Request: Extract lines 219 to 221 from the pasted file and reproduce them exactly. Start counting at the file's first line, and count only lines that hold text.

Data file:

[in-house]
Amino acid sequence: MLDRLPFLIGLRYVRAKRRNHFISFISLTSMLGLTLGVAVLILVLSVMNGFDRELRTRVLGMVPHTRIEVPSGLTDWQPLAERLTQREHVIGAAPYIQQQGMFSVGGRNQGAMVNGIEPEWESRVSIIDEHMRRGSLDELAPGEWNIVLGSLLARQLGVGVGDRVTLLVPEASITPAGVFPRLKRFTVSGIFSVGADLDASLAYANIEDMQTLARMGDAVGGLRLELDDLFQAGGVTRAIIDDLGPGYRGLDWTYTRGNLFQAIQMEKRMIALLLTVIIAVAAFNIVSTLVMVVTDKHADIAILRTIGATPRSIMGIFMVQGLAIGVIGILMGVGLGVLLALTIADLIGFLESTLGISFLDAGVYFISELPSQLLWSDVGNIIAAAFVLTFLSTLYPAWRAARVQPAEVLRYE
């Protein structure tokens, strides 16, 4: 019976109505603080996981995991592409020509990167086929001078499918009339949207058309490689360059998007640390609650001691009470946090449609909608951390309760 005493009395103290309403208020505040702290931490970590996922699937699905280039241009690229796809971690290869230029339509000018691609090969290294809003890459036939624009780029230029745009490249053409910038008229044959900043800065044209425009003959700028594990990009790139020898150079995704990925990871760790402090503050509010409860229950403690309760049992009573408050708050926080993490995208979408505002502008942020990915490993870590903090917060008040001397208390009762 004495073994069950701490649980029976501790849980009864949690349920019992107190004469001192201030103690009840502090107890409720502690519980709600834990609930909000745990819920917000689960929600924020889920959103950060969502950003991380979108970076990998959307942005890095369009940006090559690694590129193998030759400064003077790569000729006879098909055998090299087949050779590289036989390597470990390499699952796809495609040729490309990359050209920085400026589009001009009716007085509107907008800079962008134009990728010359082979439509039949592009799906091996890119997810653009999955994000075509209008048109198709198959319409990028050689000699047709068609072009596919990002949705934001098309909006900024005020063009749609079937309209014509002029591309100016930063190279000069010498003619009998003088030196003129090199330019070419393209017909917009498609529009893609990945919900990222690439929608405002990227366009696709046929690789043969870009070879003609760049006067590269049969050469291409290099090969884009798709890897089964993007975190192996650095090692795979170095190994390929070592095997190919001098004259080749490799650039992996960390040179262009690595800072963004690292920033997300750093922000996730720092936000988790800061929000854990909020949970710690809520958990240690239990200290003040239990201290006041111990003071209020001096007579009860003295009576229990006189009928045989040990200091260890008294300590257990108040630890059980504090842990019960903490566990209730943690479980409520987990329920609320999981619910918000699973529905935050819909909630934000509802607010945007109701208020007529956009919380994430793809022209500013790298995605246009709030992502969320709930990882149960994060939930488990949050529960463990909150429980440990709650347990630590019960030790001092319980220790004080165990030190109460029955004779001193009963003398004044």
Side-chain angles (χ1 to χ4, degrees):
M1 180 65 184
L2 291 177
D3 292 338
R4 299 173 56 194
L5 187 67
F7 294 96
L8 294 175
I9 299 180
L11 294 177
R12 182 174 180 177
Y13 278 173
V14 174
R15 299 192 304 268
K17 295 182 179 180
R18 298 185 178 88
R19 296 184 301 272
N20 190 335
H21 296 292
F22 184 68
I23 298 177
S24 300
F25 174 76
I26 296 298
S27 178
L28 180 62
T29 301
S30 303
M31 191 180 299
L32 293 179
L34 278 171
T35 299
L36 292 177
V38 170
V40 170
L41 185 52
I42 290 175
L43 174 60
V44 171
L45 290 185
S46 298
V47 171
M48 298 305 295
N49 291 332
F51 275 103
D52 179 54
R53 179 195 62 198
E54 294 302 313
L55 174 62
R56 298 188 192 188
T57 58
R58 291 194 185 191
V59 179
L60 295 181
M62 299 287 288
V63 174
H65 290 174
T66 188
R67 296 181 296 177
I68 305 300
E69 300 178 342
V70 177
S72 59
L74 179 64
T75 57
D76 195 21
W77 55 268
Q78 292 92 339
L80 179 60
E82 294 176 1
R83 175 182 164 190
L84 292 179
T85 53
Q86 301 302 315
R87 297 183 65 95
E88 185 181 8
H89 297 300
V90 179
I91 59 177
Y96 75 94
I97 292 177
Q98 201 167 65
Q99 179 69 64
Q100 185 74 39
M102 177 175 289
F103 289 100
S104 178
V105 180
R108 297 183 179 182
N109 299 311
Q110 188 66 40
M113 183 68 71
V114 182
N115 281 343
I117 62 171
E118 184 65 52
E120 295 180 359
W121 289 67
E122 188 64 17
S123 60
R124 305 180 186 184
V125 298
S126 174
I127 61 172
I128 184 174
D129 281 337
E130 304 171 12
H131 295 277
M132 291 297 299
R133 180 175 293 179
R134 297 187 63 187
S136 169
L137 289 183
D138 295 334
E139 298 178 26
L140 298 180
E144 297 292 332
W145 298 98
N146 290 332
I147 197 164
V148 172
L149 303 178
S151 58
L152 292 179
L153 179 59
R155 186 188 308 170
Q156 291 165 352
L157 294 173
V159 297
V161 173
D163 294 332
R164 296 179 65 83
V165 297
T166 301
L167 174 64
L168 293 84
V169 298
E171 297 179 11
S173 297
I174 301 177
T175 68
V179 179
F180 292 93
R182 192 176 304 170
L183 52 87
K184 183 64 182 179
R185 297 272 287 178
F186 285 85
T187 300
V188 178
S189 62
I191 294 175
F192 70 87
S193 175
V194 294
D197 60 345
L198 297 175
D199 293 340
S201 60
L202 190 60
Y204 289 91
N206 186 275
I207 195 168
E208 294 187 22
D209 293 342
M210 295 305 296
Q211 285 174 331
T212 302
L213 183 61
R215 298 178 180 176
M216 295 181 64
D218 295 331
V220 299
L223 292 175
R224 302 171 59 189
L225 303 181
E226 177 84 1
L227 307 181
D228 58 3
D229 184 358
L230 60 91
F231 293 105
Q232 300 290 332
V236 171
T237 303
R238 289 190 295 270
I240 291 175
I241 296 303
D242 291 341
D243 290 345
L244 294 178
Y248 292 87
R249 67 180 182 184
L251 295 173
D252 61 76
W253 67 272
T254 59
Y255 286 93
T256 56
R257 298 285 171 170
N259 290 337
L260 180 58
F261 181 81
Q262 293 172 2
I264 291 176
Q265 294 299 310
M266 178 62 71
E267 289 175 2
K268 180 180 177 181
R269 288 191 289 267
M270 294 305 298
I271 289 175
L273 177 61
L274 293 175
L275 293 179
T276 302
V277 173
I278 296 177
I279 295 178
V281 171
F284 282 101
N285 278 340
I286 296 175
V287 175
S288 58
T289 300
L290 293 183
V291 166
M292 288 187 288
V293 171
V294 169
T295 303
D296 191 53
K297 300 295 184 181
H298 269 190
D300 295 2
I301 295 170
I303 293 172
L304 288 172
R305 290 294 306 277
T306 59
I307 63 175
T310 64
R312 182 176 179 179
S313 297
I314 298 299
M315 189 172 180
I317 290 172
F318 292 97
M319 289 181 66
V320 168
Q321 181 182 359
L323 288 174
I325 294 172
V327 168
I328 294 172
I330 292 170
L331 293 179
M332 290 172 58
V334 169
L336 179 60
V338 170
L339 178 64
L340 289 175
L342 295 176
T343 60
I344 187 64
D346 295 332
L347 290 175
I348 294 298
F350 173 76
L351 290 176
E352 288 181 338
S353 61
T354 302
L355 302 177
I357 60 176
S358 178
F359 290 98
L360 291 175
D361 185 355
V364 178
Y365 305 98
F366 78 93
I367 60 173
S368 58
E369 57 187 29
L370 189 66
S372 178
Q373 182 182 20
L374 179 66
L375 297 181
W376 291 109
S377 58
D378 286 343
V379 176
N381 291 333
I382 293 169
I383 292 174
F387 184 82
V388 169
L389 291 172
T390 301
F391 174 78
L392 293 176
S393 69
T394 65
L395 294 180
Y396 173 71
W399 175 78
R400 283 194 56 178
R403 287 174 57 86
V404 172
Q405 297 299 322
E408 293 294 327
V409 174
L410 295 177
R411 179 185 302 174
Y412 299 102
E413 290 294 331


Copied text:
T276 302
V277 173
I278 296 177